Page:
Although Mr Wegmuller actually acknowledged difficulty in recollecting exactly what he signed, the Recorder decided that in the absence of any direct evidence from either Barclaycard or HFO, as to account set up procedures/documentation, Section 61 compliance could not be proved.  Therefore the debt recovery claim brought by HFO was dismissed.

Ok, now its helpful to look at the Wegmuller ruling here.

14. I pause there for a moment. It is worth noting that none of those three terms is actually visible on the copy application form document in the bundle that was signed by the defendant on 25th March 1996.

Clearly Recorder Campbell found the prescribed terms were not on the application Mr Wegmuller signed. That was obvious, contrary to the authors assertion the agreement was before the Court, otherwise how did the recorder make such findings??

Worse was to follow as Mr Wegmuller had instructed a firm of solicitors who are well known for representing customers who wish to challenge their liability under  regulated agreements on the grounds of non CCA compliance.  That firm (and similar) will take comfort from this ruling – not least the award of costs made in their favour.

That Firm, what an amusing comment, it seems to be that they cant even bring themselves to mention our name, still anyone who reads the Wegmuller ruling will know who we are. I would also point out that every one is entitled to be legally represented, if the banks dont like losing money there is a solution, GET IT RIGHT- GET YOUR PAPERS IN ORDER and maybe even invest in lawyers who know about consumer credit law. On the point of costs, well yes, isnt it the case that costs follow the event? if the lender had won he would have wanted his costs surely? or would they be kind and say its ok dont bother paying? for goodness sakes , the mind really boggles. So yes, we won the case, yes we got paid, yes the client didnt have to pay his unenforceable debt and yes we were on a CFA so got an uplift.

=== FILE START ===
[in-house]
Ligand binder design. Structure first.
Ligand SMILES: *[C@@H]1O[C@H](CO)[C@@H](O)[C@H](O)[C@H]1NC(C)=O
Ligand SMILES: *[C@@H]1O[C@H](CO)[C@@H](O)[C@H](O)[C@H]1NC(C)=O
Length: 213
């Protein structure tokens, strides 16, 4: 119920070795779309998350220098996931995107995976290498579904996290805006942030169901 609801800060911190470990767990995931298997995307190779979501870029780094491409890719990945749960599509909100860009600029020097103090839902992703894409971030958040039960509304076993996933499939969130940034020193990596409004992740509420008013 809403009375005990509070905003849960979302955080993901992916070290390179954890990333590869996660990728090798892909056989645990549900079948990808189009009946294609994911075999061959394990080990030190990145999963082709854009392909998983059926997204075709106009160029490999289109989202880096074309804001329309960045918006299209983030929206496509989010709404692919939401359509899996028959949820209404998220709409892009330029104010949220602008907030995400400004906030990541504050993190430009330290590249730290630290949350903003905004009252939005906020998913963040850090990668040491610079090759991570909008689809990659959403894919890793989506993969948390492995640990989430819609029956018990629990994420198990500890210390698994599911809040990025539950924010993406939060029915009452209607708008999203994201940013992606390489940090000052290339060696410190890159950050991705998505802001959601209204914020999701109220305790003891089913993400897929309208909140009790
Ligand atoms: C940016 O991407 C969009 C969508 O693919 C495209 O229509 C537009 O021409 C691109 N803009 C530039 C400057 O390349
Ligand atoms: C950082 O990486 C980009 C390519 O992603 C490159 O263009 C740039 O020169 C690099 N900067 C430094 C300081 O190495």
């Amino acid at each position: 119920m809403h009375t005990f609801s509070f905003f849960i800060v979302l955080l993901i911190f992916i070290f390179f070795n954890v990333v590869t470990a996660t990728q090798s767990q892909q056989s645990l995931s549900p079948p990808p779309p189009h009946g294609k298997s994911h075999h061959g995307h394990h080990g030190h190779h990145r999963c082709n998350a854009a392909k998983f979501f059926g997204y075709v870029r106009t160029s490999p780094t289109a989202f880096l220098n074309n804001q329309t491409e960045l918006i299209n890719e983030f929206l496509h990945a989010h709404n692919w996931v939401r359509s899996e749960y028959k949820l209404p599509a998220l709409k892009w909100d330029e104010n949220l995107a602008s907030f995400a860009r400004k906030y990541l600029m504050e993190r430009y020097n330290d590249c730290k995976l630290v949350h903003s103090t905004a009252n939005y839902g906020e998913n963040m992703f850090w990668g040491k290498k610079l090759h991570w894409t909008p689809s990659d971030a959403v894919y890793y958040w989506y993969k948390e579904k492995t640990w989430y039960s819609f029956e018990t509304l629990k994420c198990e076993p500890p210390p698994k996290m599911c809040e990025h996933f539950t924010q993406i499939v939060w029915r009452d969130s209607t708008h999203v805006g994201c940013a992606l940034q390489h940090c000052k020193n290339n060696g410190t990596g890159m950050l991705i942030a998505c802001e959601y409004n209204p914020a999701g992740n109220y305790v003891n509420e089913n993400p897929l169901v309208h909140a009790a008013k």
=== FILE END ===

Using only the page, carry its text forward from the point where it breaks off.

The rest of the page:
Although perhaps a reflection of the quality of evidence before the Court in that particular case, the message is clear – when proceedings are defended, debt purchasers need to ensure that a litigation risk assessment is carried out on every “enforceability” case.  The reality is that for the purposes of both litigation and regulatory compliance they are an “extension” of the original lender.  Implementation of effective arrangements will ensure recoveries  are maximised and defeat/dissuade speculative and time-consuming challenges/defences.

With respect, i find it grossly insulting if the author is suggesting that Mr Wegmullers Defence was speculative. It was anything but. There were identified breaches of s61,62,63,78,86,87 Consumer credit Act. As for HFO Capitals Default notices one merely need read HFO Capital v Michael Burney which is on BAILII and can be found here